Social media websites such as Twitter, through their unique product experiences, create new vehicles for expression . Twitter has been influential in being part of the political discourse throughout the world, especially events such as the Arab Springs. I came across numerous studies analyzing millions of Tweets to understand the vast ranges of opinions on various topics. All of them present rich data, often numerical and illustrated through graphs, and also unique opinion archetypes as a way to classify different opinions. Twisualize is a project that aims at visualizing data from such research studies on Twitter topics thereby making the dense data more accessible to create a meaningful understanding of Twitter.
I chose a research study, to begin analyzing the different kinds of data types that would have to be accodomated. Further, to understand what sort of an experience it should be, I conducted research to understand the meaningfullness of the data among users. From the users, I was able to understand that
- People were surprised as the data challenged assumptions
- Dense with multiple levels of sub-data
- Difficult to compare data sets across categories
My findings directed my iteration towards visualization formats that would facilicate exploration based on interaction leveraging progressive disclosure presenting high-level data upon loading and further level detail upon interaction . The pattern suited well with my approach considering that most of the data being visualized was a hybrid including percentages, text dense themes and numbers. I began sketching and to get an idea of different explorations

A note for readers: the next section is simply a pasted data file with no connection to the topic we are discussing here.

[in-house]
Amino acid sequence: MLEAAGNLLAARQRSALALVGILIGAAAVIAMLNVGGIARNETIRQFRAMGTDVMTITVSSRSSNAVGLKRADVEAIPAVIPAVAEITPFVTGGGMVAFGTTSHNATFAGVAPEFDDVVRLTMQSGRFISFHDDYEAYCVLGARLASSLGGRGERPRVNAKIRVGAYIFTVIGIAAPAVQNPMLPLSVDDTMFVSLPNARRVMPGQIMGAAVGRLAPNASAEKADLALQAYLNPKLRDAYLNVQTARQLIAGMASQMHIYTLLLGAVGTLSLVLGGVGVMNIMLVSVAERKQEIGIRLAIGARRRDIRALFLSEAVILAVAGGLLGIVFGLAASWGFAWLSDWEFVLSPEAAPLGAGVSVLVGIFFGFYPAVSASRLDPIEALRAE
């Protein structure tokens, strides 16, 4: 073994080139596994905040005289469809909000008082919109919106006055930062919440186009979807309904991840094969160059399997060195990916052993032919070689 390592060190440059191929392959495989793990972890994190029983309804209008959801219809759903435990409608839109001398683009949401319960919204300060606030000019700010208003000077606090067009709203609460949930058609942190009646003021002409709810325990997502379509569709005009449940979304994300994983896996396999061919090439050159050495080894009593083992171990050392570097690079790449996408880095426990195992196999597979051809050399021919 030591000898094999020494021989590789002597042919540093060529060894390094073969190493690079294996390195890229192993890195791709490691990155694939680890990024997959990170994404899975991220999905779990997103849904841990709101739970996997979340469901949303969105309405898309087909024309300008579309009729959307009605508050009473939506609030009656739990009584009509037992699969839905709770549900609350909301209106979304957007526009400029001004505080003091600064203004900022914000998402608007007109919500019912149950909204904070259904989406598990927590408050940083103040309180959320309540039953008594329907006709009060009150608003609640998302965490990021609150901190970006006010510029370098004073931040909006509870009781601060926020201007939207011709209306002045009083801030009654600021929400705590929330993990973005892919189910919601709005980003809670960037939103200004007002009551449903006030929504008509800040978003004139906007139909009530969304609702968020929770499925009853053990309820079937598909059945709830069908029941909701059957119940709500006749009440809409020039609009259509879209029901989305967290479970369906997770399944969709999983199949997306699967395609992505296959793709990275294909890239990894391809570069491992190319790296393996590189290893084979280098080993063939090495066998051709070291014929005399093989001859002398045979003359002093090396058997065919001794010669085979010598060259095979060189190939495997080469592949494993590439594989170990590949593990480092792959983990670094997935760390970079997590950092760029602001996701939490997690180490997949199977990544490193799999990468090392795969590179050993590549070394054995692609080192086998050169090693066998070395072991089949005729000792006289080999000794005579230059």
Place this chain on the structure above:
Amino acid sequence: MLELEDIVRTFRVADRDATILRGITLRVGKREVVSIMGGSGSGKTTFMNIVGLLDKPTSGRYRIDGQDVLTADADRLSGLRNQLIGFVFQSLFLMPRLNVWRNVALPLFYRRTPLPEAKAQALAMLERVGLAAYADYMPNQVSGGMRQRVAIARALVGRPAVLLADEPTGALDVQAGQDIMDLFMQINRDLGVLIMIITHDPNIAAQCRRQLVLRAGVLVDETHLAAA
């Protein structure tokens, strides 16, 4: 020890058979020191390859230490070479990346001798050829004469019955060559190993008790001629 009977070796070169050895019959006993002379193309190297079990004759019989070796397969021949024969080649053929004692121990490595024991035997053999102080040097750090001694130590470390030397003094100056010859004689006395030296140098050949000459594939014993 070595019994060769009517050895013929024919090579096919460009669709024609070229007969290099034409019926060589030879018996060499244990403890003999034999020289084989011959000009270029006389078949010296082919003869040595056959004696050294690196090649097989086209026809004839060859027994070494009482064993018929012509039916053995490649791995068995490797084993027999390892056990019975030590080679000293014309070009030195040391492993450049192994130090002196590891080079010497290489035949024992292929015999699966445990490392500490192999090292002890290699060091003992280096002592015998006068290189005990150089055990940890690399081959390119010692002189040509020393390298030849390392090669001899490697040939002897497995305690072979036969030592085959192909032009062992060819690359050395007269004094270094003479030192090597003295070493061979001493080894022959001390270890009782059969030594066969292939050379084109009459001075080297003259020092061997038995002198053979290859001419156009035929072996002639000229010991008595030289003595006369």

Working on the information architecture, I lay down the various requirements of the data from the research study such as age, introductory text etc. Since the element of discovery was key in my findings, I came up with a 'Surprise Me' option that the user could use instead of scrolling through a long list of topics; it would visualize opinions on a random twitter topic that are taken from research studies
Refining my sketches, I began to research various data visualization formats such as Nested bubbles, network trees, charts to to narrow down on a simple bubble based format which would use size and intensity to dictate importance.
Selecting a circle would expand that theme and present relevant theme information such as sample tweets etc
The data included two levels of detail. First, an overall percentage breakdown of 'Pro' and 'Anti' opinions. Further, it included a sub-breakdown of 'Pro' and 'Anti' themes based on the percentage of the users who tweeted that sentiment.
With an aim of simplifying the understanding , I employed size and color assign to relevance . Research into colors pointed me towards various approaches that leveraged various aspects of color such as brightness or saturation. Being a color-blind user myself, I wanted to make sure the colors were accessible using tools such as ColorOracle
Feedback and findings from my designs allowed me to understand
- Users were confused about what each circle represented
- Users did not find the clicking interaction intuitive
- Users were confused by 'Theme' category represented in the homepage
- Users did not intuitively click and explore various categories